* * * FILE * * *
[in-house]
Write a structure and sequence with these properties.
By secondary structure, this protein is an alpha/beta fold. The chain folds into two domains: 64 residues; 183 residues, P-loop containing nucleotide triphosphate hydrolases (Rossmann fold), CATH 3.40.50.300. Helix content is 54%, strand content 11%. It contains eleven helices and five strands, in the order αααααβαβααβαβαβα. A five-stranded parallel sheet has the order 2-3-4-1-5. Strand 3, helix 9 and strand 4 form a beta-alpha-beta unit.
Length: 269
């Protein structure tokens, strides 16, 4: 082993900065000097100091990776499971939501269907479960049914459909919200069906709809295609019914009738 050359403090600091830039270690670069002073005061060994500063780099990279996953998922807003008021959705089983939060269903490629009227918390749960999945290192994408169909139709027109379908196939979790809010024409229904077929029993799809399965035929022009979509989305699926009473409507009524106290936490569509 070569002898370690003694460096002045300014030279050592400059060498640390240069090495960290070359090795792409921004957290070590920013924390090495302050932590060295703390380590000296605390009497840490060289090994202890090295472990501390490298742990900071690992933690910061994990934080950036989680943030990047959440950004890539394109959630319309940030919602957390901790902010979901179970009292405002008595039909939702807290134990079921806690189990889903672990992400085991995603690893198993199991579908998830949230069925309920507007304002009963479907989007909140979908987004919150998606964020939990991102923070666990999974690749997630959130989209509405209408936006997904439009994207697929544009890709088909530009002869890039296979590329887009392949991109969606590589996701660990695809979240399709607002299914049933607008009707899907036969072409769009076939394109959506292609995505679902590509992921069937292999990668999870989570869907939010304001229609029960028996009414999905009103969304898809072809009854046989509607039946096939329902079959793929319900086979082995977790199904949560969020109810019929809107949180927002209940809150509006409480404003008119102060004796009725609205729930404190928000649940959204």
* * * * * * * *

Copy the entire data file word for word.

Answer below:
[in-house]
Write a structure and sequence with these properties.
By secondary structure, this protein is an alpha/beta fold. The chain folds into two domains: 64 residues; 183 residues, P-loop containing nucleotide triphosphate hydrolases (Rossmann fold), CATH 3.40.50.300. Helix content is 54%, strand content 11%. It contains eleven helices and five strands, in the order αααααβαβααβαβαβα. A five-stranded parallel sheet has the order 2-3-4-1-5. Strand 3, helix 9 and strand 4 form a beta-alpha-beta unit.
Length: 269
């Protein structure tokens, strides 16, 4: 082993900065000097100091990776499971939501269907479960049914459909919200069906709809295609019914009738 050359403090600091830039270690670069002073005061060994500063780099990279996953998922807003008021959705089983939060269903490629009227918390749960999945290192994408169909139709027109379908196939979790809010024409229904077929029993799809399965035929022009979509989305699926009473409507009524106290936490569509 070569002898370690003694460096002045300014030279050592400059060498640390240069090495960290070359090795792409921004957290070590920013924390090495302050932590060295703390380590000296605390009497840490060289090994202890090295472990501390490298742990900071690992933690910061994990934080950036989680943030990047959440950004890539394109959630319309940030919602957390901790902010979901179970009292405002008595039909939702807290134990079921806690189990889903672990992400085991995603690893198993199991579908998830949230069925309920507007304002009963479907989007909140979908987004919150998606964020939990991102923070666990999974690749997630959130989209509405209408936006997904439009994207697929544009890709088909530009002869890039296979590329887009392949991109969606590589996701660990695809979240399709607002299914049933607008009707899907036969072409769009076939394109959506292609995505679902590509992921069937292999990668999870989570869907939010304001229609029960028996009414999905009103969304898809072809009854046989509607039946096939329902079959793929319900086979082995977790199904949560969020109810019929809107949180927002209940809150509006409480404003008119102060004796009725609205729930404190928000649940959204």